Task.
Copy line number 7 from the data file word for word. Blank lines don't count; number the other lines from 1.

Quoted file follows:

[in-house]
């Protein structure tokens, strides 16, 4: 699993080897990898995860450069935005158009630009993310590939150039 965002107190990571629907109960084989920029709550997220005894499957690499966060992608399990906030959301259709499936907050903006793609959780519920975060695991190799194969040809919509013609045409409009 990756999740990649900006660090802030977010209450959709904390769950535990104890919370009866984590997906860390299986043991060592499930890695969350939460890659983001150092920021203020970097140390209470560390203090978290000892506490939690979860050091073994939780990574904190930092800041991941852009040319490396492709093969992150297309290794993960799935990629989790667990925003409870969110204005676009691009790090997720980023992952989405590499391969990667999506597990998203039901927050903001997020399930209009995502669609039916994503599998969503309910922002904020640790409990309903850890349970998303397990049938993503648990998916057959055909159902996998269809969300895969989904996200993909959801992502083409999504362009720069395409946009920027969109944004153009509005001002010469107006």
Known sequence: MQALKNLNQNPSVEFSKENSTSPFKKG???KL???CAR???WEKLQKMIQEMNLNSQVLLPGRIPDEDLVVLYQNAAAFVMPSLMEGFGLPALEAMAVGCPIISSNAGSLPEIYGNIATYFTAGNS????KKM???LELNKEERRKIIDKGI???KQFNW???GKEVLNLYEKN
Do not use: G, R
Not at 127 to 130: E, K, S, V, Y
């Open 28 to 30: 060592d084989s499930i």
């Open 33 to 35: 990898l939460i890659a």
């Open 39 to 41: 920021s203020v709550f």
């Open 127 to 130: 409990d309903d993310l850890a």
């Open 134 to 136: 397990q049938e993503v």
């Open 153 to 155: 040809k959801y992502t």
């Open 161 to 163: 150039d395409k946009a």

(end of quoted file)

């Open 33 to 35: 990898l939460i890659a």